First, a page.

Top progressive lawmaker unveils bill requiring national police training standards

Top progressive lawmaker unveils bill requiring national police training standards
© Aaron Schwartz

One of the leaders of the Congressional Progressive Caucus unveiled legislation on Friday that would establish national training standards for police on both the use of force and implicit bias. 

The proposal from Rep. Mark PocanMark William PocanSteyer endorses Markey in Massachusetts Senate primary Celebrities fundraise for Markey ahead of Massachusetts Senate primary Why Veterans Affairs workers don't trust the Trump administration MORE (D-Wis.) would make federal grant funding for state and local law enforcement agencies contingent upon police department meeting training requirements on de-escalation practices, the use of force and combating bias in confrontations with civilians. A civilian commission would be responsible for setting the training standards.

"Everyone needs to believe that all law enforcement officers have met national standardized requirements for training and civilian interaction. Federal dollars should not go to police that communities simply do not trust," Pocan said in a statement. "From Florida to Washington, Maine to California, there should be a common standard for law enforcement."


Members of the Congressional Black Caucus (CBC) are slated to unveil a package of police reforms on Monday in response to the civil unrest over a pattern of unarmed African Americans dying in encounters with police, including George Floyd, who died after a now-former Minneapolis police officer held him down for several minutes by kneeling on his neck.

The package is expected to include CBC priorities such as banning the use of chokeholds and ending the Defense Department program to provide surplus military-grade weapons to local law enforcement departments.

Establishing training standards for police is also a top legislative priority.

A group of House Democrats, led by CBC member Rep. Sheila Jackson LeeSheila Jackson LeeHouse to vote on removing bust of Supreme Court justice who wrote Dred Scott ruling Black Caucus unveils next steps to combat racism Reparations bill gains steam following death of George Floyd MORE (D-Texas), introduced legislation on Thursday named after Floyd that would require the Justice Department to study existing law enforcement accreditation standards and make recommendations for developing additional standards for police agencies. It would also require law enforcement agencies to report data on the use of deadly force and establish a Justice Department-led task force to coordinate police misconduct investigations.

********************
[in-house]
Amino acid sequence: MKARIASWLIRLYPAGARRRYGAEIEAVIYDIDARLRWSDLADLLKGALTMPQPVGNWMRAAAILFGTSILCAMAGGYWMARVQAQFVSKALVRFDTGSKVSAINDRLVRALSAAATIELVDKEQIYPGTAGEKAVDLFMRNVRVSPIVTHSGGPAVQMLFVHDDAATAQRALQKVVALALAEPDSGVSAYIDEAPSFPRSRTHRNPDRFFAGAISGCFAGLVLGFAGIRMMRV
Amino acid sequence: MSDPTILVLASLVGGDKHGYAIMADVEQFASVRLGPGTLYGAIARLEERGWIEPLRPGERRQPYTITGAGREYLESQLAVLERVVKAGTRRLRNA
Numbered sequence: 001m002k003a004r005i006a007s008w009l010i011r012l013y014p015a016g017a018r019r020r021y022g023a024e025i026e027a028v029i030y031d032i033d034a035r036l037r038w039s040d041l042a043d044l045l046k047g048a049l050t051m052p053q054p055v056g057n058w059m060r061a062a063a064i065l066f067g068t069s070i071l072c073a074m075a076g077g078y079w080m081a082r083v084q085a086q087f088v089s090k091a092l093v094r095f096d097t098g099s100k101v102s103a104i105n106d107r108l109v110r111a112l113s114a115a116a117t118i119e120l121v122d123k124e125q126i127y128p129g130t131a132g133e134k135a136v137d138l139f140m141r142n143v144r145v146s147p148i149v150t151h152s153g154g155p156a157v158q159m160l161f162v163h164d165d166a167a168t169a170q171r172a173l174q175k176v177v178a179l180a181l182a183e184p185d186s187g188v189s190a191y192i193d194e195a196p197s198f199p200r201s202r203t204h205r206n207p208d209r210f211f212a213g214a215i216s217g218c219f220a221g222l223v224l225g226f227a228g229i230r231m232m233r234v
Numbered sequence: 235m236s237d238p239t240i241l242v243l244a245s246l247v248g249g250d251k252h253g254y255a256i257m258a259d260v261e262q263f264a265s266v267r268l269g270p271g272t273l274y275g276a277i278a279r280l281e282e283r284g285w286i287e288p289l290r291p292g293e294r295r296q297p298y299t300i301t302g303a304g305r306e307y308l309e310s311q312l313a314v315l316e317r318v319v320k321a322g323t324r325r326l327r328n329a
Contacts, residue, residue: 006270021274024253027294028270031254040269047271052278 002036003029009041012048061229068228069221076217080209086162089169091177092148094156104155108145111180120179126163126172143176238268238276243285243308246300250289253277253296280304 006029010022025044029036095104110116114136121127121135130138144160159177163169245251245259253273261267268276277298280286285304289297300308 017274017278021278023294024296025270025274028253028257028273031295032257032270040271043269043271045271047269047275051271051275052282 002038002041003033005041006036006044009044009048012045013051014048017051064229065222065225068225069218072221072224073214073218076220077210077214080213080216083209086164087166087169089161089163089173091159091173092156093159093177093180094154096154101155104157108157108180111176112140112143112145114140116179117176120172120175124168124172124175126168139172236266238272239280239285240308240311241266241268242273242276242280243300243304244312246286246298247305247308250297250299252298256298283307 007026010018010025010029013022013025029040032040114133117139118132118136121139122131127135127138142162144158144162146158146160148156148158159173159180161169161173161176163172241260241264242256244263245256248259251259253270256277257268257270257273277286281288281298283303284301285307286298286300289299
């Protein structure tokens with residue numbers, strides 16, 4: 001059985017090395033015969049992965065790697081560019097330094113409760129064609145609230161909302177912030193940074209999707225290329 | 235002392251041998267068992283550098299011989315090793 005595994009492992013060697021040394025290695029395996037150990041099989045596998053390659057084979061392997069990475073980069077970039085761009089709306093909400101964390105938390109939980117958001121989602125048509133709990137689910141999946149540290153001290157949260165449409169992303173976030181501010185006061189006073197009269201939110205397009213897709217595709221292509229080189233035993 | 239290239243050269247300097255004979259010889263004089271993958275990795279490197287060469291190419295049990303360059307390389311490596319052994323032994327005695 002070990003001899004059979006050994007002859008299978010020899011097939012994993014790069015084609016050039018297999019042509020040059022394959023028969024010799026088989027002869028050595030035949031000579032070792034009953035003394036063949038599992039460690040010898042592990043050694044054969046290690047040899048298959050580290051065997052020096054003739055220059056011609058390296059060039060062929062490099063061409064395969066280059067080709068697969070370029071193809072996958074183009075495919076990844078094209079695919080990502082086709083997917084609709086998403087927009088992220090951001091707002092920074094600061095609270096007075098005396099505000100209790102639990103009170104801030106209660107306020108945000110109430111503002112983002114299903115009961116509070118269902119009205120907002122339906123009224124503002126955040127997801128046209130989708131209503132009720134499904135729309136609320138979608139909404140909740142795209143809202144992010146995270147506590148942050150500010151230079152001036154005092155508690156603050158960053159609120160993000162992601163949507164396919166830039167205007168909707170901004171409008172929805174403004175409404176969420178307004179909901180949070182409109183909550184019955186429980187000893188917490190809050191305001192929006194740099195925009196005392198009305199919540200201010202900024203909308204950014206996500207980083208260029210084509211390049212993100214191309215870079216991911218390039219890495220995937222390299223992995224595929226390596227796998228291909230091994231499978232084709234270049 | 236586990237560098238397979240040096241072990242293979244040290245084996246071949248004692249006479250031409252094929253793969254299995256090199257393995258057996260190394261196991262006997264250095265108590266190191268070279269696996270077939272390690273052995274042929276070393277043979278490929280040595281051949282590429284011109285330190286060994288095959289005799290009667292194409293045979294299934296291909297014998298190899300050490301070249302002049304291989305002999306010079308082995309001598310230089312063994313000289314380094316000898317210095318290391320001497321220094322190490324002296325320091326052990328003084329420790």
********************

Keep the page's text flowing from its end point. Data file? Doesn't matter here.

"Transparency and integrity from police departments across the nation is not too much to ask," Jackson Lee said.


Progressive Caucus leaders, including Pocan, and Reps. Pramila JayapalPramila JayapalProgressive lawmakers call for conditions on Israel aid Hillicon Valley: Democrats introduce bill banning federal government use of facial recognition tech | House lawmakers roll out legislation to establish national cyber director | Top federal IT official to step down Democratic lawmakers introduce legislation banning government use of facial recognition technologies MORE (D-Wash.) and Ilhan OmarIlhan OmarThe Hill's Campaign Report: Colorado, Utah primary results bring upsets, intrigue Progressive lawmakers call for conditions on Israel aid Black lives and the CBC: What happens to a dream deferred? MORE (D-Minn.), also plan to introduce legislation that would require congressional approval before a president can invoke the Insurrection Act to deploy the armed forces in circumstances like containing riots.

Trump this week warned that he would deploy the military if state and local officials weren't able to contain the protests and riots sparked by anger over Floyd's death.

“If a city or state refuses to take the actions that are necessary to defend the life and property of their residents, then I will deploy the U.S. military and quickly solve the problem for them," Trump said.

House Democrats intend to move legislation as soon as this month to make police reforms. Following the release of the CBC proposals on Monday, the House Judiciary Committee will hold a hearing on Wednesday to discuss use of force and racial profiling by police.